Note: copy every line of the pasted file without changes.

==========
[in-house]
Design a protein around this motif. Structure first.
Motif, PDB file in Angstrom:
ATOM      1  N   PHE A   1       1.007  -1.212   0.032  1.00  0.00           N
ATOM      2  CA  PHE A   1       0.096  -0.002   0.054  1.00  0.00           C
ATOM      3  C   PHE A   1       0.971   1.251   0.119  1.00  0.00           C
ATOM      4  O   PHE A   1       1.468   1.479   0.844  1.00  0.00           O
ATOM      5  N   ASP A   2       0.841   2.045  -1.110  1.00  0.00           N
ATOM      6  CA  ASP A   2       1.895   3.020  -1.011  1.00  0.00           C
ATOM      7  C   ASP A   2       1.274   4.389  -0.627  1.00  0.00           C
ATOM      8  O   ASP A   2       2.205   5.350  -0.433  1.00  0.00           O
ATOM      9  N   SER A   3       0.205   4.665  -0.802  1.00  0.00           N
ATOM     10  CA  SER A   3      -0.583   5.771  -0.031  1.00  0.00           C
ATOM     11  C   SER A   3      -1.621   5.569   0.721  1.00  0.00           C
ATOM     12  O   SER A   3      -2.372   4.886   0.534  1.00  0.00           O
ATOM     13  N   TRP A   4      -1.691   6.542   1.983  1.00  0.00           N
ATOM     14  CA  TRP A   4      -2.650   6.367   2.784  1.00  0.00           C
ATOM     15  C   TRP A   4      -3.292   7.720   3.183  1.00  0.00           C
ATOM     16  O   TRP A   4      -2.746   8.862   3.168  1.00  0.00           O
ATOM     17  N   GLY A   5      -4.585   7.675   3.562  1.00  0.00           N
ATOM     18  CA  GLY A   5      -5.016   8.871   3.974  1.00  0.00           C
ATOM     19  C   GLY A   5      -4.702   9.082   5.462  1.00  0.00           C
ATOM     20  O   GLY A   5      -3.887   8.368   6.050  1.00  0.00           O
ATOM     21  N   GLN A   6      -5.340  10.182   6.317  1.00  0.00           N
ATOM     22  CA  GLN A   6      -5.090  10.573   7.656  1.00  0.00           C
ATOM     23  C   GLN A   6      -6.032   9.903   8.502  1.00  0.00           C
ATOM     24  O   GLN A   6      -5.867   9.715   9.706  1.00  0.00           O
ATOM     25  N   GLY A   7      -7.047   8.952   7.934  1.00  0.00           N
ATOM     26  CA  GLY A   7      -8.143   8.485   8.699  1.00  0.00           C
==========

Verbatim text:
[in-house]
Design a protein around this motif. Structure first.
Motif, PDB file in Angstrom:
ATOM      1  N   PHE A   1       1.007  -1.212   0.032  1.00  0.00           N
ATOM      2  CA  PHE A   1       0.096  -0.002   0.054  1.00  0.00           C
ATOM      3  C   PHE A   1       0.971   1.251   0.119  1.00  0.00           C
ATOM      4  O   PHE A   1       1.468   1.479   0.844  1.00  0.00           O
ATOM      5  N   ASP A   2       0.841   2.045  -1.110  1.00  0.00           N
ATOM      6  CA  ASP A   2       1.895   3.020  -1.011  1.00  0.00           C
ATOM      7  C   ASP A   2       1.274   4.389  -0.627  1.00  0.00           C
ATOM      8  O   ASP A   2       2.205   5.350  -0.433  1.00  0.00           O
ATOM      9  N   SER A   3       0.205   4.665  -0.802  1.00  0.00           N
ATOM     10  CA  SER A   3      -0.583   5.771  -0.031  1.00  0.00           C
ATOM     11  C   SER A   3      -1.621   5.569   0.721  1.00  0.00           C
ATOM     12  O   SER A   3      -2.372   4.886   0.534  1.00  0.00           O
ATOM     13  N   TRP A   4      -1.691   6.542   1.983  1.00  0.00           N
ATOM     14  CA  TRP A   4      -2.650   6.367   2.784  1.00  0.00           C
ATOM     15  C   TRP A   4      -3.292   7.720   3.183  1.00  0.00           C
ATOM     16  O   TRP A   4      -2.746   8.862   3.168  1.00  0.00           O
ATOM     17  N   GLY A   5      -4.585   7.675   3.562  1.00  0.00           N
ATOM     18  CA  GLY A   5      -5.016   8.871   3.974  1.00  0.00           C
ATOM     19  C   GLY A   5      -4.702   9.082   5.462  1.00  0.00           C
ATOM     20  O   GLY A   5      -3.887   8.368   6.050  1.00  0.00           O
ATOM     21  N   GLN A   6      -5.340  10.182   6.317  1.00  0.00           N
ATOM     22  CA  GLN A   6      -5.090  10.573   7.656  1.00  0.00           C
ATOM     23  C   GLN A   6      -6.032   9.903   8.502  1.00  0.00           C
ATOM     24  O   GLN A   6      -5.867   9.715   9.706  1.00  0.00           O
ATOM     25  N   GLY A   7      -7.047   8.952   7.934  1.00  0.00           N
ATOM     26  CA  GLY A   7      -8.143   8.485   8.699  1.00  0.00           C